Schwartz Plaza Current Exhibit
Co-curated by Pua Case and Lehuanani DeFranco
Sponsored by the Asian/Pacific/American Institute at NYU and Mauna Kea Education and Awareness
On view in the Schwartz Plaza Vitrines, May 9th through October 31st, 2023
KŪKULU: Pillars Standing Together is the eleventh installment of KŪKULU, a traveling art exhibition honoring the pillars of Mauna Kea who stand for the protection of the tallest mountain (from the ocean floor) in the world. Each exhibition is committed to uplifting, inspiring, and educating, and to acknowledging, recognizing, and honoring those standing for Mauna Kea and for all sacred and storied places in and beyond Hawaiʻi.
Located on the island of Hawaiʻi, Mauna Kea, also known as Mauna a Wākea (Mountain of Sky Father), is a sacred piko, energetic portal, vital aquifer, fragile alpine ecosystem, and vibrant landscape of Hawaiian cultural practices and sites. For Native Hawaiians, Mauna Kea holds a spiritual significance, an importance that can be expressed in likening this mountain to a sacred temple. Over fifty-five years of astronomy development on Mauna Kea have resulted in substantial, significant, and adverse impacts upon the environment including the natural and cultural resources within this conservation district. When TMT International Observatory LLC proposed a new massive eighteen-story tall telescope on Mauna Kea, public opposition to this project was vocal. If built, the TMT project would contribute further to the unwelcomed acts of desecration and destruction upon a culturally and environmentally sensitive landscape that includes hundreds of ancient shrines and sites. Since 2010, Mauna Kea Protectors and their allies have stopped all construction attempts through court hearings, meetings, community engagement, and frontline actions. Mauna Kea Protectors have vowed to protect Mauna Kea and stand in solidarity with all our relations to protect their ancestral lands, waters, people, and cultural traditions.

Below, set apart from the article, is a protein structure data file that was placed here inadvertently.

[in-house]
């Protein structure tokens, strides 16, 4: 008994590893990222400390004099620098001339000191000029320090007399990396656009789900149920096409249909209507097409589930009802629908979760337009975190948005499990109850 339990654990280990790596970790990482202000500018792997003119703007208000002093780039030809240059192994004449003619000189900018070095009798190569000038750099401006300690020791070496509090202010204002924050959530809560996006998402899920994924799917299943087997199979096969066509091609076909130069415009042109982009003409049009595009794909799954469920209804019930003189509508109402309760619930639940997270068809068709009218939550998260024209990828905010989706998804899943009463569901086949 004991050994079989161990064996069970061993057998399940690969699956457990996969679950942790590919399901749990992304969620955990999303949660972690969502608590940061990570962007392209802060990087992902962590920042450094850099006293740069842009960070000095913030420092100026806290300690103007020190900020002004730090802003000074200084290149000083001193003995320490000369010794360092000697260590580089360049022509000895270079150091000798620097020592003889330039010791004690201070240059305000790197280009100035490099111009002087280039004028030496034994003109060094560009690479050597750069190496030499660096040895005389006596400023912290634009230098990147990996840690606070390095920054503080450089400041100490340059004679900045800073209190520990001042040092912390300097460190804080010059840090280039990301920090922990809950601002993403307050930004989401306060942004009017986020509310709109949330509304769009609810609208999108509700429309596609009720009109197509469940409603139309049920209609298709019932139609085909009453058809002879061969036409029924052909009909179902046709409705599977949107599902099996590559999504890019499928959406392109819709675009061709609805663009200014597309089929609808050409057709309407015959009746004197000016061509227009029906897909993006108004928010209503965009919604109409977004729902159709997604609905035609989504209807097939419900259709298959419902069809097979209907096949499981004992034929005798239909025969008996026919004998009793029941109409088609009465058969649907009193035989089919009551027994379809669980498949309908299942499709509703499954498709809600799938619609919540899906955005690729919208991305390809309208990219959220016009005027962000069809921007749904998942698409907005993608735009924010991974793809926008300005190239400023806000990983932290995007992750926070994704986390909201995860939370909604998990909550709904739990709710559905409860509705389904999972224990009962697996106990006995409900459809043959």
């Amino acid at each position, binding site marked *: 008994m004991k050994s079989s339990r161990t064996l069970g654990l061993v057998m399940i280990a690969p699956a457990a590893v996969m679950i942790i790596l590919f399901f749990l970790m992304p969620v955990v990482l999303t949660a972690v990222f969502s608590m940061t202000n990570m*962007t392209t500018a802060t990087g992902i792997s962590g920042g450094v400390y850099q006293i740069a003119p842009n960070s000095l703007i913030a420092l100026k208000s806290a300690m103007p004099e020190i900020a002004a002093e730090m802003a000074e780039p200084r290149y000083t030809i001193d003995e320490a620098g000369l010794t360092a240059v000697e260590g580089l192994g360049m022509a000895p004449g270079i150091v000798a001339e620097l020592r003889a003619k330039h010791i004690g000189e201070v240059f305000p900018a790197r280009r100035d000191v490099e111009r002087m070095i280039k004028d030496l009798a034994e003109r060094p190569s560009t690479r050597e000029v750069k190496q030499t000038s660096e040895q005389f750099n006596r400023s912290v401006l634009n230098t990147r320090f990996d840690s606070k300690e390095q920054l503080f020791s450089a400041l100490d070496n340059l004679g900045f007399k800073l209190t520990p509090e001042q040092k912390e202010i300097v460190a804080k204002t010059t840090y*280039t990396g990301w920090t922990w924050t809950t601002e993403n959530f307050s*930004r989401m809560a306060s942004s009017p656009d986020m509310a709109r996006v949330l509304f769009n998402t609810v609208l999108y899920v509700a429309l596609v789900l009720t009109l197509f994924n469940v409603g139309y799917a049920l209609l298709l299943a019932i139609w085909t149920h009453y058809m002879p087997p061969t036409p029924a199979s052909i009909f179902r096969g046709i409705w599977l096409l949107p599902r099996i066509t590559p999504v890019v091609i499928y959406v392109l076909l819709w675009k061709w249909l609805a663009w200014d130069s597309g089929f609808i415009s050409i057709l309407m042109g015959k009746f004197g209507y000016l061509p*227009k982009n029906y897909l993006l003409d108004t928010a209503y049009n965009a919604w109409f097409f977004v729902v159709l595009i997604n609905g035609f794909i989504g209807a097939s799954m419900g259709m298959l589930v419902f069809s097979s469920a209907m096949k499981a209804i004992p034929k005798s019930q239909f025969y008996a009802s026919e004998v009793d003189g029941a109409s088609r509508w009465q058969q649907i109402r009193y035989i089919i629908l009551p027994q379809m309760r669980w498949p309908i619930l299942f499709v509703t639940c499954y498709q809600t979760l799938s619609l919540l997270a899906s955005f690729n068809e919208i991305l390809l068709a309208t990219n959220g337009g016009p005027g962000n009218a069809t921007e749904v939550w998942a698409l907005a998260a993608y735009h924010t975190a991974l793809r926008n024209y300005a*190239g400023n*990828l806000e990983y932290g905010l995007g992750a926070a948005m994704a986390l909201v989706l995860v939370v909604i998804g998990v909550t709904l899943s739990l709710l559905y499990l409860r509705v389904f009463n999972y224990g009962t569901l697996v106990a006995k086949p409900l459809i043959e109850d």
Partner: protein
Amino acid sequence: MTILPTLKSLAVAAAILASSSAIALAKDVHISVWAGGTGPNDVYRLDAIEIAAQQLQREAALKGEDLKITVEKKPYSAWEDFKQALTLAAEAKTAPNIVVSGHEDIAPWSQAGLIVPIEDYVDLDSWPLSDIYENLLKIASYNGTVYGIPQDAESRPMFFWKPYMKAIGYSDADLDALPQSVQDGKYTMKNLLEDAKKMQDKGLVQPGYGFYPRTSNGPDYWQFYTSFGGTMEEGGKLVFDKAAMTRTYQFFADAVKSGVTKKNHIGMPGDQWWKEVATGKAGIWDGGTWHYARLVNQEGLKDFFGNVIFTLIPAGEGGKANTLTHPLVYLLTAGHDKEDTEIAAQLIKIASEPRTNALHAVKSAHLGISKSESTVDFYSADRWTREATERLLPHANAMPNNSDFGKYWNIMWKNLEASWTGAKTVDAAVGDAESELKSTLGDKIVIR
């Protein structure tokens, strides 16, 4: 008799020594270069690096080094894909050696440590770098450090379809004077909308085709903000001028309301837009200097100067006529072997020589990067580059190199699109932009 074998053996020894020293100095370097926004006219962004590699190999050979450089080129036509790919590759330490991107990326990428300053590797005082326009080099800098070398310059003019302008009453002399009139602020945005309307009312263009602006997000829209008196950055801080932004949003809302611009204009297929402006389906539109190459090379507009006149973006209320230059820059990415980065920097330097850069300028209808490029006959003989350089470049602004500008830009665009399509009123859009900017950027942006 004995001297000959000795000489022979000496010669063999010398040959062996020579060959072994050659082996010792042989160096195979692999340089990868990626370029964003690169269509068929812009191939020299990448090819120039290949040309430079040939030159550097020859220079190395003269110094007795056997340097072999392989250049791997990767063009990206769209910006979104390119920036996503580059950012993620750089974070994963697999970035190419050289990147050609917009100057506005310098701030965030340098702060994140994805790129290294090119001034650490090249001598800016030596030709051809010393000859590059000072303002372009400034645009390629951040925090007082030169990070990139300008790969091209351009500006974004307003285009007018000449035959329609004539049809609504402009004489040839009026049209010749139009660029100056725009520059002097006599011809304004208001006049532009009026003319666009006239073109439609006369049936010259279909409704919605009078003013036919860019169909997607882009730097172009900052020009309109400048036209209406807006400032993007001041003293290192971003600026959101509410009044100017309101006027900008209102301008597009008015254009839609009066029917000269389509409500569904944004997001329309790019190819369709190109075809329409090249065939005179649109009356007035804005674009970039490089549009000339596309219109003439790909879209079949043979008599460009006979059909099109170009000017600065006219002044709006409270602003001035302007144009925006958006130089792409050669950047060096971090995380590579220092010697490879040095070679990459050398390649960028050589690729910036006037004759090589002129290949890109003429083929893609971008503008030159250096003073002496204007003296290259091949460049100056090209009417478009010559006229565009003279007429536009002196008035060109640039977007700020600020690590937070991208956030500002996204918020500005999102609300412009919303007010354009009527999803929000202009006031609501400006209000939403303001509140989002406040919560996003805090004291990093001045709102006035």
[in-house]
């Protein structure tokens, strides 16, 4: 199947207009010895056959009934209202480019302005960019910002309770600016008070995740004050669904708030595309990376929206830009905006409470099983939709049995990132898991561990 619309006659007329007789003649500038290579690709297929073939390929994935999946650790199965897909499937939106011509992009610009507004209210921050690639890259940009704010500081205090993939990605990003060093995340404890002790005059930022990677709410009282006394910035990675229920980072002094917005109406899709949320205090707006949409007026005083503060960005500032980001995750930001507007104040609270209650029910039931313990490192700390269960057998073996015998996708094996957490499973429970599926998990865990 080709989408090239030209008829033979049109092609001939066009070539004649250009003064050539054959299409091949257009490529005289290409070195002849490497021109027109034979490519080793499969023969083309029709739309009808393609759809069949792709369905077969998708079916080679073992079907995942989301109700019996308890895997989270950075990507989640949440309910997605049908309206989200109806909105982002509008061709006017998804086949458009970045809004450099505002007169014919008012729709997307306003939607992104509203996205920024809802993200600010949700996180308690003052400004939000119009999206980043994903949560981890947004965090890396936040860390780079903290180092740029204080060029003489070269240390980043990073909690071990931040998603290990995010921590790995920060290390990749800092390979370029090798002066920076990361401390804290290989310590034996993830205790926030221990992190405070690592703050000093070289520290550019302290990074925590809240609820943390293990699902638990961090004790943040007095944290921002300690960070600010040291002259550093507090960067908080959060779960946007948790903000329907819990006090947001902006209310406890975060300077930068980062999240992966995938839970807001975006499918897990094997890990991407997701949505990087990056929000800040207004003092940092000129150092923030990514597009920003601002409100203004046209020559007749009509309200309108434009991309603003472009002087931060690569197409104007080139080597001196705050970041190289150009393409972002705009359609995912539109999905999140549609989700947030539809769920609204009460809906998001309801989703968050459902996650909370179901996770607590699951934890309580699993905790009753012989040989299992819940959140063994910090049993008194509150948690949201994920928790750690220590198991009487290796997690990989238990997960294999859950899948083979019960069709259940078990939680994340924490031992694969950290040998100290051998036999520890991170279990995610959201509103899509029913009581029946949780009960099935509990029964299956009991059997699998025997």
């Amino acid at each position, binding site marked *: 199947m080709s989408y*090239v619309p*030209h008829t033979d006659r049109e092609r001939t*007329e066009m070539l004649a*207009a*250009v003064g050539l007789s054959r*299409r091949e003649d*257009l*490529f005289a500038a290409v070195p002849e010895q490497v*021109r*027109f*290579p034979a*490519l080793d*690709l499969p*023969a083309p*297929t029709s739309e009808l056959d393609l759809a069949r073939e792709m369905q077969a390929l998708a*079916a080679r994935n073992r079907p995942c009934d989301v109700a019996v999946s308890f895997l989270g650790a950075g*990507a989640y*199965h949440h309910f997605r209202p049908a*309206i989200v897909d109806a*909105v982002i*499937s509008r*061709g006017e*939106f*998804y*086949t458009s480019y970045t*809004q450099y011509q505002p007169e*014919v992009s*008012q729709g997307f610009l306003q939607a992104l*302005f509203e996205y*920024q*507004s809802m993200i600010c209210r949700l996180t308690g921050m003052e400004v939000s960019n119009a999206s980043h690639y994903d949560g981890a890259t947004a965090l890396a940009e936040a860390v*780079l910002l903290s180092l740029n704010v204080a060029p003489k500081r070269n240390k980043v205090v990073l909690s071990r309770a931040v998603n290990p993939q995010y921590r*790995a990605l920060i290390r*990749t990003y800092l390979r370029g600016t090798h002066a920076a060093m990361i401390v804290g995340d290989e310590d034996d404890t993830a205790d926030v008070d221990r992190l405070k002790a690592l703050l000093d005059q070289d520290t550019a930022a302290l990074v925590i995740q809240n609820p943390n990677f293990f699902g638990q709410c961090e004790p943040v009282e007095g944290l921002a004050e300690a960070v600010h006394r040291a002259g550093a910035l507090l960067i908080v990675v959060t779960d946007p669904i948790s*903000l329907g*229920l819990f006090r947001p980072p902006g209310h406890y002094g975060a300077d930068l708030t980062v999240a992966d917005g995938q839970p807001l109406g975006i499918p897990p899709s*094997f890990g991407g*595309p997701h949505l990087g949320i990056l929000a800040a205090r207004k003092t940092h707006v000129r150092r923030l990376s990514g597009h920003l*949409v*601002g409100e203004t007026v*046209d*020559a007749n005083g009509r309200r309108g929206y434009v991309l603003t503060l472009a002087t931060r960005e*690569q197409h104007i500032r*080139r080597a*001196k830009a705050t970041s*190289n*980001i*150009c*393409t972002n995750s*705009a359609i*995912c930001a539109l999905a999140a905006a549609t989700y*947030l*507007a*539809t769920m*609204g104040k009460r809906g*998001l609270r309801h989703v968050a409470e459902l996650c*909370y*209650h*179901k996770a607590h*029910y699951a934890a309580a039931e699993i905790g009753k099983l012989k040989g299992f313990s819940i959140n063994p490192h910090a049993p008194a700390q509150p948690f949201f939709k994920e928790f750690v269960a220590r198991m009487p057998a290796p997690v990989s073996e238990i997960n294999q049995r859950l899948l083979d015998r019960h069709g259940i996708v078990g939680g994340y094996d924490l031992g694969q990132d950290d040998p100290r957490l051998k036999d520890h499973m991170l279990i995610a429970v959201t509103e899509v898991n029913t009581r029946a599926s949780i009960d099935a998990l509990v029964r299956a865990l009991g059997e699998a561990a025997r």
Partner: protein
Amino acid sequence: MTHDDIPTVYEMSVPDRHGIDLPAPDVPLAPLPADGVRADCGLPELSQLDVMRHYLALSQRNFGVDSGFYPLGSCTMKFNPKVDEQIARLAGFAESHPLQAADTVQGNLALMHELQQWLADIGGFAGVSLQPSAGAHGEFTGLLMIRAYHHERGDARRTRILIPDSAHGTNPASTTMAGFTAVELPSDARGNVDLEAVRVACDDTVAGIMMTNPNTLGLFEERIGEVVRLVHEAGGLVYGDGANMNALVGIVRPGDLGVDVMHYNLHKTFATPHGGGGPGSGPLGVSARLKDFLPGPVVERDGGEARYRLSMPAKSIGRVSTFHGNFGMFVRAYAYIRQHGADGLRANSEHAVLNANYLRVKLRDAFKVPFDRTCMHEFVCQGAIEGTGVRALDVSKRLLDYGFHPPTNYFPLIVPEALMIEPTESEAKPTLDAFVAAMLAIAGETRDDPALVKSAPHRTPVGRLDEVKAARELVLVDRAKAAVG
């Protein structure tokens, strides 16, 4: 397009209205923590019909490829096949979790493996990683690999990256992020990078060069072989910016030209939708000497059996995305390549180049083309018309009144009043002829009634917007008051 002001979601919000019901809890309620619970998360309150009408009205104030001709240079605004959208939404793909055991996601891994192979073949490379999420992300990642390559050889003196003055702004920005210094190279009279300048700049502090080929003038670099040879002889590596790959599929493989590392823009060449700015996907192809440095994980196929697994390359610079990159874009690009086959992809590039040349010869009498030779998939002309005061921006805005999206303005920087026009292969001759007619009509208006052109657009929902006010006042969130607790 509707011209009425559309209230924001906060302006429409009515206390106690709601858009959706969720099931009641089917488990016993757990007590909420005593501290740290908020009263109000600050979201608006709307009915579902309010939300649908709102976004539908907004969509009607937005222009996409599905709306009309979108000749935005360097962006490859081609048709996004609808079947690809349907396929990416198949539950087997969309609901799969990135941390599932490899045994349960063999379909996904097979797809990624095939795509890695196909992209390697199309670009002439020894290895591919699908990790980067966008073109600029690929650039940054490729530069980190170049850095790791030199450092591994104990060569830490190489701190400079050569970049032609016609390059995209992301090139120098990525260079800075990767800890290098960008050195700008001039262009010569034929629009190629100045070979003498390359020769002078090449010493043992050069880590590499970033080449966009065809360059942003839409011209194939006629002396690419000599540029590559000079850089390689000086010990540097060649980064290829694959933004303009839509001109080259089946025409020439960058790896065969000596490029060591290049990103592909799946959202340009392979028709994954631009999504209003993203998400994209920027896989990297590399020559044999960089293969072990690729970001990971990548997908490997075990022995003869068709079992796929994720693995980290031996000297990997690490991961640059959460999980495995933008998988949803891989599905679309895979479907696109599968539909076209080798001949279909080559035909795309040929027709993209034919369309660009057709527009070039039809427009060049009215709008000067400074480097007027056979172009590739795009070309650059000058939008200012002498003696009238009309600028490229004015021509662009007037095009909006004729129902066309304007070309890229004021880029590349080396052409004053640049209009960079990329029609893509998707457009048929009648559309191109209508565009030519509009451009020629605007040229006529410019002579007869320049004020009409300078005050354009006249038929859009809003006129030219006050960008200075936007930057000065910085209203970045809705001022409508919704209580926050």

Directions and accessibility: The Schwartz Plaza Vitrines are visible 24/7 in the brick passage-way between NYU Bobst Library and NYU Stern, directly south of Washington Square East and across from founder’s memorial.